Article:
Europe’s Crumple Zone

On Wednesday I had the privilege of providing evidence to the House of Commons Defence Select Committee at its first meeting to consider the 2015 British Strategic Security and Defence Review alongside Lord Hennessy and Major-General Mungo Melvin.  Perhaps the most important contribution I made was to suggest to collected British politicians of all shades that whatever reforms are made to Britain’s strategic security and defense structures little will change unless the political class imposes effective oversight. 

However, Britain’s strategic future is not the purpose of this missive.  Rather it is a comment made by an old university friend over lunch in the City, London’s financial powerhouse.  He suggested that the Eurozone crisis was still in what he called the “crumple zone,” i.e. that part of the car designed to implode on impact to protect the occupants.  In other words the crash is still happening.

This week a six-page European Commission memorandum was leaked which revealed concerns that a Financial Transaction Tax (FTT) would not only drive up costs of government borrowing across Europe but damage the all-important bond markets.  As the FTT is an ever-so-thinly-veiled attempt to get the British to pay for the failed political experiment that is the Euro it is causing both alarm and irritation in London.  Even if Britain excuses itself from this tax, firms based in Britain would be badly affected by it and one of the first laws of economics is that there is no such thing as a free tax.  So why are they doing it?

One has only to look at the figures to see why those few Eurozone countries paying for the Eurozone disaster want to spread the costs as widely as possible.  The Eurozone faces a perfect storm that will take at least a decade of pain to resolve.  It is a storm caused by the coming together of fragile banks in need of bailouts and governments that cannot pay for themselves due to debt interest and deficits and bond markets.   The markets are only willing to lend because the European Central Bank is either transferring tax income from the wealthier Eurozone states to the poorer, or simply printing money and damn the long-term growth and inflation consequences.

Take Greece.  Total Eurozone exposure to Greek debt is about €300 billion ($390bn) or some 3 percent percent of Eurozone GDP.  German exposure to Greece alone is approaching 5 percent percent of GDP.  Six Eurozone states have now sought bailouts with Slovenia about to follow when it is politically appropriate for their banking crisis to be publicly declared.  As each crisis unfolds foreign investors are pulling out their money forcing the ECB to plug the gap by impoverishing the northern, western European taxpayer.

Economic theory suggests all six debtors should leave the Euro, devalue, and thus regain competitiveness.  However, in so doing the already immense social pain being suffered will only deepen (Spain’s unemployment rate yesterday reached 27.16 percent percent). Moreover, even if only Cyprus, Greece, Ireland, Portugal, and Spain pulled out the costs of transitional arrangements could be as high as €1.2 trillion ($1.6tr) or 15 percent percent of Eurozone GDP.  That increases to around 20 percent percent of Eurozone GDP when the likely additional bank bailouts are factored in.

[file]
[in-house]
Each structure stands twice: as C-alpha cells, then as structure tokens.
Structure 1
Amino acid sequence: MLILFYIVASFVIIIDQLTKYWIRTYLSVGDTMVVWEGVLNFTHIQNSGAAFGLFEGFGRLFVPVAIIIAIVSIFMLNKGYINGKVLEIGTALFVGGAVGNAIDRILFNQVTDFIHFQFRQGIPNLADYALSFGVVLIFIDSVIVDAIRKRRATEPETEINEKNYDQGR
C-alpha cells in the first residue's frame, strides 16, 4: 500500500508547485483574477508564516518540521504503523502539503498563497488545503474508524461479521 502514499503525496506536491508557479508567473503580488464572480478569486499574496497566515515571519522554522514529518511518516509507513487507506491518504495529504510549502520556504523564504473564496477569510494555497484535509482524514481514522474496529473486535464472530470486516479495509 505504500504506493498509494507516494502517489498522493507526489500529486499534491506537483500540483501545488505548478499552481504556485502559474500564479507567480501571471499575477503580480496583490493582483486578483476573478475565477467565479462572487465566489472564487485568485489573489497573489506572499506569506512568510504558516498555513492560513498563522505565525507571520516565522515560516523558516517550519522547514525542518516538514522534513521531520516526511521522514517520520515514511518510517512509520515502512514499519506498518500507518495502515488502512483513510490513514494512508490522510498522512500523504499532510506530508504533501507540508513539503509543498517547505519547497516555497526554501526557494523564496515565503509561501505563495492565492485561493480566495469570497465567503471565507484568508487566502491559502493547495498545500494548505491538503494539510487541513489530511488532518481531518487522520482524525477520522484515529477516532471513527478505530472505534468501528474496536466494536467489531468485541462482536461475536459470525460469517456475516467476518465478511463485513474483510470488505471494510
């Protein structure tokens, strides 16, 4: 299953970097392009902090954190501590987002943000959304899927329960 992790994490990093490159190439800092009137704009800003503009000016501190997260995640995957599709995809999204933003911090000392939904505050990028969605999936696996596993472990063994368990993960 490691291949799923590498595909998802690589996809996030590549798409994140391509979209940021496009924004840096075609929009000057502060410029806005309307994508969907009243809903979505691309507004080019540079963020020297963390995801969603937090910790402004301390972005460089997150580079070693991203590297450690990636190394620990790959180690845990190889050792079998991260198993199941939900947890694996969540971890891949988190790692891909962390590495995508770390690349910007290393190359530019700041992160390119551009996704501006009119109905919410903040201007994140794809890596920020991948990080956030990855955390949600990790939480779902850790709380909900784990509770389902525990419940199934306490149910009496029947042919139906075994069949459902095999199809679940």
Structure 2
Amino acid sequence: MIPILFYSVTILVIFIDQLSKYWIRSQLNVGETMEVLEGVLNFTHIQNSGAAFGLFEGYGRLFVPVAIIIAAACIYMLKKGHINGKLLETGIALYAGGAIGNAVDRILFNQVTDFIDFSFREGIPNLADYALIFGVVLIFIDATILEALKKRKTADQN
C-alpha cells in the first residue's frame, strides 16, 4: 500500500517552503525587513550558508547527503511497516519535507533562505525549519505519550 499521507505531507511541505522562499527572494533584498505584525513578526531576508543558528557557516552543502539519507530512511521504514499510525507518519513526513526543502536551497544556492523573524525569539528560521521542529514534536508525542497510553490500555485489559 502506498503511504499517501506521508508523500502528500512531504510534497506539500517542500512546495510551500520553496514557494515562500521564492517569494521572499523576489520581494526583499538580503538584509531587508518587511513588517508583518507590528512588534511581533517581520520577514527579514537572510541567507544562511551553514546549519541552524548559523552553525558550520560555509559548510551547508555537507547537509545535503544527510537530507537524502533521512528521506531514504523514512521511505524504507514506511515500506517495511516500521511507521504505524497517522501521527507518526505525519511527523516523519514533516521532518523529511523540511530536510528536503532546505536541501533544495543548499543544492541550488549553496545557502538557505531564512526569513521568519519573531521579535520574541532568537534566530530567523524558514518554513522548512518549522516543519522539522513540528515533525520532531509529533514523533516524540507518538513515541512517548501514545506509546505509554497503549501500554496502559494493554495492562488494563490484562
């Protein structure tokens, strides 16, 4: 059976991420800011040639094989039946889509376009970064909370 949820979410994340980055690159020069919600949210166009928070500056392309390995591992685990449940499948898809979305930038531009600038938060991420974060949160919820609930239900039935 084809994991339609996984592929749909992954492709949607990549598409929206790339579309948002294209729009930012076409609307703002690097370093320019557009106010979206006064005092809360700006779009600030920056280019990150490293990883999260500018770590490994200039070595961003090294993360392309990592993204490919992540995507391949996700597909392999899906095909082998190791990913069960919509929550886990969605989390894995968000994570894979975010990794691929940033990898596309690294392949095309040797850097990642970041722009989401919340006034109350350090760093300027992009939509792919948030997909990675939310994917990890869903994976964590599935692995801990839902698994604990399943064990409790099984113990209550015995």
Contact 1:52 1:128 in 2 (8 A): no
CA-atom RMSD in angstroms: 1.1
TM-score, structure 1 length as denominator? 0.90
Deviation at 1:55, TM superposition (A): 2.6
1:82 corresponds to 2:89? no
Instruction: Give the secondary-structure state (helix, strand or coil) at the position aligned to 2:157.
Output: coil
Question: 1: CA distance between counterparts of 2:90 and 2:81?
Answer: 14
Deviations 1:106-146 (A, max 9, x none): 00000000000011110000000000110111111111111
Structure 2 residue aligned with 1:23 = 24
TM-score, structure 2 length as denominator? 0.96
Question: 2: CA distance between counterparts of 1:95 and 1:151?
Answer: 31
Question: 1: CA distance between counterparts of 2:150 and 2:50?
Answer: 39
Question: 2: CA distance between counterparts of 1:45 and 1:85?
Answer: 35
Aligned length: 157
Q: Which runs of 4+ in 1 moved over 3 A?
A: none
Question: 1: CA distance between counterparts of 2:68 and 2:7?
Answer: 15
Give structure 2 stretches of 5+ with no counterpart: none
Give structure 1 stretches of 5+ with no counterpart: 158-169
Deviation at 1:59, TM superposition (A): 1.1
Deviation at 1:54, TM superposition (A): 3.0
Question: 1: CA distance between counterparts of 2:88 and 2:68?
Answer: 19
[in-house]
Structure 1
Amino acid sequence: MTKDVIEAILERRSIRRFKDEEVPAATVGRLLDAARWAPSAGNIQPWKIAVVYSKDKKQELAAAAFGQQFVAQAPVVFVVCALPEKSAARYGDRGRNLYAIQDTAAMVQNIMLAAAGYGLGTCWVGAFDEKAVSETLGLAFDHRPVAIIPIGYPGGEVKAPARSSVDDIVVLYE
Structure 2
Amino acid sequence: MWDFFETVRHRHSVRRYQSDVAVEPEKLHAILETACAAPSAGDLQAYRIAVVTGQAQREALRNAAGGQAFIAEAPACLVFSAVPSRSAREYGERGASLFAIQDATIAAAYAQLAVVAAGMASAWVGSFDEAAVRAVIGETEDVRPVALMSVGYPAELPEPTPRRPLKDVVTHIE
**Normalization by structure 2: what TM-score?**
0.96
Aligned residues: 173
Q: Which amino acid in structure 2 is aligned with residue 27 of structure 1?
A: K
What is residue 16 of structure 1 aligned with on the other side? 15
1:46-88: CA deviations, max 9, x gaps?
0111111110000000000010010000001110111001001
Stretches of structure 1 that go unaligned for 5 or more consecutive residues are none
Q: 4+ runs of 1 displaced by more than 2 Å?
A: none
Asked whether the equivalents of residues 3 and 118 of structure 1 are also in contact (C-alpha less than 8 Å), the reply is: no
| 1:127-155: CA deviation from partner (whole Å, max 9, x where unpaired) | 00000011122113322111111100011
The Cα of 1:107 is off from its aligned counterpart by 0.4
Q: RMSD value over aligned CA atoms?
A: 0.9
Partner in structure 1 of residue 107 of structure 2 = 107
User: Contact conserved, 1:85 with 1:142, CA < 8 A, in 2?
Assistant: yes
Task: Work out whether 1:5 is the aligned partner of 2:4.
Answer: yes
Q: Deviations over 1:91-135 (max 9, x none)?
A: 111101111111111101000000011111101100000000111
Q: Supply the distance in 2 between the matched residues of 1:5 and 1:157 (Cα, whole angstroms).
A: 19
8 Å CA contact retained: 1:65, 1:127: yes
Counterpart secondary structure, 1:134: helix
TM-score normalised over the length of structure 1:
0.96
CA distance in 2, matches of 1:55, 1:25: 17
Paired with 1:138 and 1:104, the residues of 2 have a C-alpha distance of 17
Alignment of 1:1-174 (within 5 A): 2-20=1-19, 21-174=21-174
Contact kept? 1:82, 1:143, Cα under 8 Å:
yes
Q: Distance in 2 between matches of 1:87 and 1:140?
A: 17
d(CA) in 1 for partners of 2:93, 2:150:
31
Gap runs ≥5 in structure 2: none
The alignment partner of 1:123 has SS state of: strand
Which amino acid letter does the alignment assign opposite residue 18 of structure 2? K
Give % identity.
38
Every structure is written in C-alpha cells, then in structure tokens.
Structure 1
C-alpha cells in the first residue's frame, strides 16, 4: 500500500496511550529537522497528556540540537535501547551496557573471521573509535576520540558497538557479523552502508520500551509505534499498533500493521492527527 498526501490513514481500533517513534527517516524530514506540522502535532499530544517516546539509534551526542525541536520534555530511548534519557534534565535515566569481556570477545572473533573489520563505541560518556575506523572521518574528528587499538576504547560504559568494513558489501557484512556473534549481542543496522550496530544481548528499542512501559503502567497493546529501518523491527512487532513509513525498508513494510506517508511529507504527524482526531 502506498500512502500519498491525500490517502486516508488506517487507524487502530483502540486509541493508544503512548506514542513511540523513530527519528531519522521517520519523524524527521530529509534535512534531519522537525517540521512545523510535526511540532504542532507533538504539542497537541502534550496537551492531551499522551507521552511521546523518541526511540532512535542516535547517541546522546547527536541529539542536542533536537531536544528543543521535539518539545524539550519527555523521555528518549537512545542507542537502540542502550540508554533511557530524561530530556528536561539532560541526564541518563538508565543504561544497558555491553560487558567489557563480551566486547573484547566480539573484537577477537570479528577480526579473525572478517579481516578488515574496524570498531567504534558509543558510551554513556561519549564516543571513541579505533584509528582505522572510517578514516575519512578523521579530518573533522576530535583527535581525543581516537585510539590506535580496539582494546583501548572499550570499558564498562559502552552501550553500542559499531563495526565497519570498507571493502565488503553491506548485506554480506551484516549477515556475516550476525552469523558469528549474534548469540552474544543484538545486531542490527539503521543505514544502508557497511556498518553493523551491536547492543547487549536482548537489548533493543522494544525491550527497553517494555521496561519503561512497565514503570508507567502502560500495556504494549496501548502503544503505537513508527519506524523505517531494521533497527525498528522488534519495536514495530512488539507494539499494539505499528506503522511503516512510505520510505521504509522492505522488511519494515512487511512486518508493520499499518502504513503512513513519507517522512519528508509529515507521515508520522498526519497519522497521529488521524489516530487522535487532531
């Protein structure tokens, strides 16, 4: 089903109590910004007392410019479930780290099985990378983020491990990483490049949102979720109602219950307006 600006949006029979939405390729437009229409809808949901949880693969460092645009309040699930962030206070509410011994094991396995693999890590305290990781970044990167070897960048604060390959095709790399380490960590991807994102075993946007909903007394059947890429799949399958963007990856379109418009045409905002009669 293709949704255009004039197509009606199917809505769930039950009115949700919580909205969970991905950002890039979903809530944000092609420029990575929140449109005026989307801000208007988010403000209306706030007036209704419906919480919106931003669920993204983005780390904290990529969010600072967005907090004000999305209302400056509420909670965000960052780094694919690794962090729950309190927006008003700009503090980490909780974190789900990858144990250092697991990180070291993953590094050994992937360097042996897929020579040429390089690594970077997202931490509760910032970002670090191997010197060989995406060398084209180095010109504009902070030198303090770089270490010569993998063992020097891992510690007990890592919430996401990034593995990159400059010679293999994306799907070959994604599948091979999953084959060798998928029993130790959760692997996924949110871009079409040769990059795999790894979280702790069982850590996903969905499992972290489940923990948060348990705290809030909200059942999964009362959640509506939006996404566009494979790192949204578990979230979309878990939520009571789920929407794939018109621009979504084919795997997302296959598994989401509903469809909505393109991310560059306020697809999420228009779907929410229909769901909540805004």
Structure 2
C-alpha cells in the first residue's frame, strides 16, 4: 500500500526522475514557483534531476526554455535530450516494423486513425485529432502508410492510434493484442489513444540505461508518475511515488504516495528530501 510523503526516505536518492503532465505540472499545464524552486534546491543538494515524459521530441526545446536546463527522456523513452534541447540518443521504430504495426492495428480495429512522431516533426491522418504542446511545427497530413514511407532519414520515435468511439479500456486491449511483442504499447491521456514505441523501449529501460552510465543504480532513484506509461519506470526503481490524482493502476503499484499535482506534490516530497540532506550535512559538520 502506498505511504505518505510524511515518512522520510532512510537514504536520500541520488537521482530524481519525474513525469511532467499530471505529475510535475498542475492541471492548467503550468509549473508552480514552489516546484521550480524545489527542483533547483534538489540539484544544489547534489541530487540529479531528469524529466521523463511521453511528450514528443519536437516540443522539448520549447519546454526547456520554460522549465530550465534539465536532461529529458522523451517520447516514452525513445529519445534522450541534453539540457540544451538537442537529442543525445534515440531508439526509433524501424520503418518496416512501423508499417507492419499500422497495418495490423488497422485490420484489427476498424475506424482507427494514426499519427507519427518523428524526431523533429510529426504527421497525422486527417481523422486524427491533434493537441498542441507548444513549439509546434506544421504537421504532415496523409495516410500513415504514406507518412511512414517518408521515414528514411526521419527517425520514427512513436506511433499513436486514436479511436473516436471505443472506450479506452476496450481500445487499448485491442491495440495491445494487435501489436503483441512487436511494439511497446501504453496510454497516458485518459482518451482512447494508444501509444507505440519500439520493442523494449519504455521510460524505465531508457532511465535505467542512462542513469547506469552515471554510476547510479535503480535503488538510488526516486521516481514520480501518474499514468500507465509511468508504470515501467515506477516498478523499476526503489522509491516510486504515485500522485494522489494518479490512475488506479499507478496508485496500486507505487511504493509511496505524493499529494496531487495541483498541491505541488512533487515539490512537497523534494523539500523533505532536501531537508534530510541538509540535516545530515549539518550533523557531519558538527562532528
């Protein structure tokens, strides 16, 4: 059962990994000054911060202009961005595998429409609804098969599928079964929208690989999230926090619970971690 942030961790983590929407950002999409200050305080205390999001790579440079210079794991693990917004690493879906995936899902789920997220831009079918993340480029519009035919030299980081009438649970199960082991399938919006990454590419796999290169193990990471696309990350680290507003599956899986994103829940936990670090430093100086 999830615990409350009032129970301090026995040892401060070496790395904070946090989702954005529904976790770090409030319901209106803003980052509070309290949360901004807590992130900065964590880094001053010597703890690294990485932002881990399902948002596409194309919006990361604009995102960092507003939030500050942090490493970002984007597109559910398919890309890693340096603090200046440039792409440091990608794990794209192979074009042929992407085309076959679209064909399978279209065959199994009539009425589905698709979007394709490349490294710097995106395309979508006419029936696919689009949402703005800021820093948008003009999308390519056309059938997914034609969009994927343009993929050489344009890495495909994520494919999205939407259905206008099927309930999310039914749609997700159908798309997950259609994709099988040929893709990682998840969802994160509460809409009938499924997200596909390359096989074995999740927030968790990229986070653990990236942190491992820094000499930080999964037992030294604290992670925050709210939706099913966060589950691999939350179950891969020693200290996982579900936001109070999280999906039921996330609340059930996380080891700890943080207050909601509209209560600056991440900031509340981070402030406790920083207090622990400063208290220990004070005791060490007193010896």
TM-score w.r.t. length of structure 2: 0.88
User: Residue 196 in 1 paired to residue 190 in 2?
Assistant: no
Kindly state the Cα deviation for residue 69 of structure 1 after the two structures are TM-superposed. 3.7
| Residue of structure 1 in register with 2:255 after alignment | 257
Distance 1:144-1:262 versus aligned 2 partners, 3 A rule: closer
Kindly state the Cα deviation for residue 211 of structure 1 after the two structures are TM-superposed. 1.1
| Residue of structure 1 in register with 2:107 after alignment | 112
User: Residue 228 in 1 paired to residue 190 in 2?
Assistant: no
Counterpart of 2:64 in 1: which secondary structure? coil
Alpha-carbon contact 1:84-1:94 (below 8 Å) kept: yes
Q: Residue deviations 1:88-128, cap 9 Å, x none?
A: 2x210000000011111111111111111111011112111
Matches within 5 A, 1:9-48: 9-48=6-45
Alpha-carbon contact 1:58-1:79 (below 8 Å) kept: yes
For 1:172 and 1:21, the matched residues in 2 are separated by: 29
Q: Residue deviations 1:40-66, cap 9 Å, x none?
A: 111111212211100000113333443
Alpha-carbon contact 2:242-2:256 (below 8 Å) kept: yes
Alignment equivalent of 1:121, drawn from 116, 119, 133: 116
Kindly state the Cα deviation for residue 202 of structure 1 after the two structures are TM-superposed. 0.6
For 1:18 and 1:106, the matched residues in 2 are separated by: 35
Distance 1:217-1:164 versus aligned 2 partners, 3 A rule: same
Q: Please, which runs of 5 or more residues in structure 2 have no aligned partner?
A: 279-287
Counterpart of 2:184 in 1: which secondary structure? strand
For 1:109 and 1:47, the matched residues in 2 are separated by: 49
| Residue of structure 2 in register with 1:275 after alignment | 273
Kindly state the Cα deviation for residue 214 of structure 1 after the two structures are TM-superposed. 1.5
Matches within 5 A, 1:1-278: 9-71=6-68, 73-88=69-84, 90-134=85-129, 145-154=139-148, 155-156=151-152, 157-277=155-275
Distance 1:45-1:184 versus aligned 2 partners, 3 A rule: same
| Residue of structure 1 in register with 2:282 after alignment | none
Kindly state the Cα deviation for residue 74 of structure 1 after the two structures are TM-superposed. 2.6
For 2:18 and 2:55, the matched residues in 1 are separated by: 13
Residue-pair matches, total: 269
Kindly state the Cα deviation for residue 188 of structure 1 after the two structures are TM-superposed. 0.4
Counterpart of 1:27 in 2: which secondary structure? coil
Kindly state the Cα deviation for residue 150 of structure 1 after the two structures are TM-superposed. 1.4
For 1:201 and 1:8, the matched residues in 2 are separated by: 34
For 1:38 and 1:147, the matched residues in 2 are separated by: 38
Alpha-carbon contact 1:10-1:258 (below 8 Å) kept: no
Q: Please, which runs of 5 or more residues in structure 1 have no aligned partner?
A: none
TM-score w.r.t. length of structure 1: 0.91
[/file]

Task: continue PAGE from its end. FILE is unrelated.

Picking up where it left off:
Consequently, and here’s the rub, Germany is likely to see its national debt increase from 81 percent in 2011 to around 100 percent in 2014-15.  German banks alone would need an injection of €500 billion ($600bn) if the Euro fails due to their exposure to toxic debt, threatening the loss of Germany’s AAA credit rating.  However, go the other way towards banking and fiscal union and that would cost €300-€400 billion ($390-$520tr) with Germany bearing at least 30 percent.  Therefore, post-German elections in September some form of debt mutualisation is inevitable which will push German interest rate costs up by €15 billion ($19bn) per annum.  Indeed, simply holding the resources of the poorer EU states at their current levels to pay for welfare is likely to require transfers from north to south of €250 billion ($325bn) per annum.

Which brings me back to Britain.  The Brits are also sort of broke, with the British national debt likely to peak at around 85 percent 2017-2018.  However, debt is relative and British debt compares with Japan at 194 percent and Italy over 100 percent.  Moreover, Britain’s national debt is only 30 percent of that between 1920 and 1960.  More importantly 70 percent of British debt is held in the UK, whereas with the notable exception of Italy, up to 100 percent of southern European debt is held by flight-risk foreigners.  In other words the British enjoy more flexibility than any Eurozone country, unless that is they are suckered into paying for the Euro-disaster.

The future?  In the long run Germany will consolidate its position as Europe’s strongest economic power, but the crown it wears will be hollow given the constraints imposed on it by Eurozone debt. Britain will remain and strengthen its position as Europe’s second biggest economy and strongest military power.  Critically, damaged by the crisis and enmeshed in  ever-expanding, growth and competitive-killing Brussels regulation both will decline in relative terms against North America and Asia-Pacific. 

As for long-runs John Maynard Keynes was right; we are all dead.  A crumple zone indeed.

Julian Lindley-French is a member of the Atlantic Council’s Strategic Advisory Group. This essay first appeared on his personal blog, Lindley-French’s Blog Blast.

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